The lasting significance of the case is the influential new role the Australian federal government could enjoy in protecting national wilderness areas and others issues of environmental concern.

How Law Systems Differ Around the Globe

When the law is brought up as a subject, people think that all countries are fair and equal. The types of trials, how juries are selected, and the punishments are never the same in different countries. From common law to religious law, there is a unique legal system for every country globally.


Common law is shaped by judicial precedents or laws that are determined by judges’ decisions. In other words, many laws are determined by cases that have already been made in court. When two or more parties disagree on a legal matter, the common law court reviews precedents to create a resolution. The most well-known example is the U.S. legal system, in which the decisions of precedent cases are given priority.

Civil Law

Civil law, which originated in Roman law, is based on natural law and substantive rules inherent in society. Civil law includes:

  • Statutory law consisting of statutes passed by legislature bodies.
  • Procedural law determines how cases are resolved through due process.

An example is the Napoleonic Code, which was the Civil Code of the French that governed people, property, and businesses. This code has influenced numerous other countries in the Middle East and Latin America.

Religious Law

Religious law comprises legal rules that are based on moral codes written in religious texts. In most developed countries, the government is controlled by secular laws. Democratic countries point to separate church and state or keep religious matters out of legal and political systems. In addition, there exists Christian canon law that governs Christian churches and organizations.

Mixed Law

Mixed law includes two or more legal systems combined into one. A hybrid legal system tends to combine historical legal traditions with modern practices that are more up-to-date with a changing society. An example is a country that combines civil law and common law systems.

Knowing how law systems differ around the globe is essential to travellers. They should learn some facts about the laws before they engage in severe matters in unknown countries. Studying global law helps people to appreciate their legal systems and understand how much people’s attitudes and decisions differ.

Understanding Australian Court Cases and Judicial System

The judicial system of Australia is rooted in and derived from English Common Law as it developed in Great Britain over the past centuries. Australia was colonized by the British. That nation brought its legal system with it to this new southern hemisphere nation.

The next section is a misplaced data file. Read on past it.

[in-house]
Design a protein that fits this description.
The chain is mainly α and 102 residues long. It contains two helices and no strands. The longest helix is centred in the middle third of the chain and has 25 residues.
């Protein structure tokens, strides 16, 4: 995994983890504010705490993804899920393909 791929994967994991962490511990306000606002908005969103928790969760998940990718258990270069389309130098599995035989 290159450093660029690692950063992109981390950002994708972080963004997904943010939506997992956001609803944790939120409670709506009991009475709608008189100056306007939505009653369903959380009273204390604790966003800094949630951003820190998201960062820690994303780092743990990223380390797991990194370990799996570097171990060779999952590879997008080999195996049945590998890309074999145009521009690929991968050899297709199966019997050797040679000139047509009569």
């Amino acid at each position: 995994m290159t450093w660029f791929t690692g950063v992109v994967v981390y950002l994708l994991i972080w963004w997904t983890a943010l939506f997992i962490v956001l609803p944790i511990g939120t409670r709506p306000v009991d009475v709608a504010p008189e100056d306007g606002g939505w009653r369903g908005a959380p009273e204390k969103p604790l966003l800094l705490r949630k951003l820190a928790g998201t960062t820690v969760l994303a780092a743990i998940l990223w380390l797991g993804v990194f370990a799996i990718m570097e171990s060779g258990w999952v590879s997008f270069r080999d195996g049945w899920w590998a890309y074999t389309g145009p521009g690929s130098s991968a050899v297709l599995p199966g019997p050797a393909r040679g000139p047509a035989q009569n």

Australian court cases are handled at several levels. Let’s start with those at the lower end of a multi-tiered legal system.

Local and Magistrate Courts

These courts handle minor legal matters and are presided over by a magistrate (as opposed to a judge). The role of the latter varies somewhat from state to state.

Australia is made up of six states. For example, 90% of criminal matters in New South Wales are dealt with by a Local Court. By comparison, in the Australian Capital Territory, a Magistrates Court will handle criminal cases but only to determine if the case should be sent to a higher court.

District and County Court

These are the next level up from Local and Magistrate Courts. This is where cases are heard by a judge rather than a magistrate. District and County Courts also preside over appeals from the lower courts. Finally, District and County Court is where jury trials are held in criminal matters but not major crimes like murder.

Supreme Court

In the U.S., the Supreme Court is the highest in the nation. In Australia, the Supreme Court is the highest court within each state. Here is where the more serious criminal matters are tried with a jury.

The Supreme Court system hears appeals from lower courts. Such appeals can be questions of fact, such as when a judge or magistrate is said to have made an error. They also deal in questions of law. In the latter incidence, an appellant contends that a judge or magistrate erred when applying the law.

Federal Court

Federal Courts preside over criminal matters that result from federal legislation. This legislation applies to all states and territories.

High Court

The High Court in Australia is equivalent to the Supreme Court in the U.S. It’s the highest court in the land. It handles appeals from lower courts and decides landmark cases of primary social, legal, and cultural significance in Australia.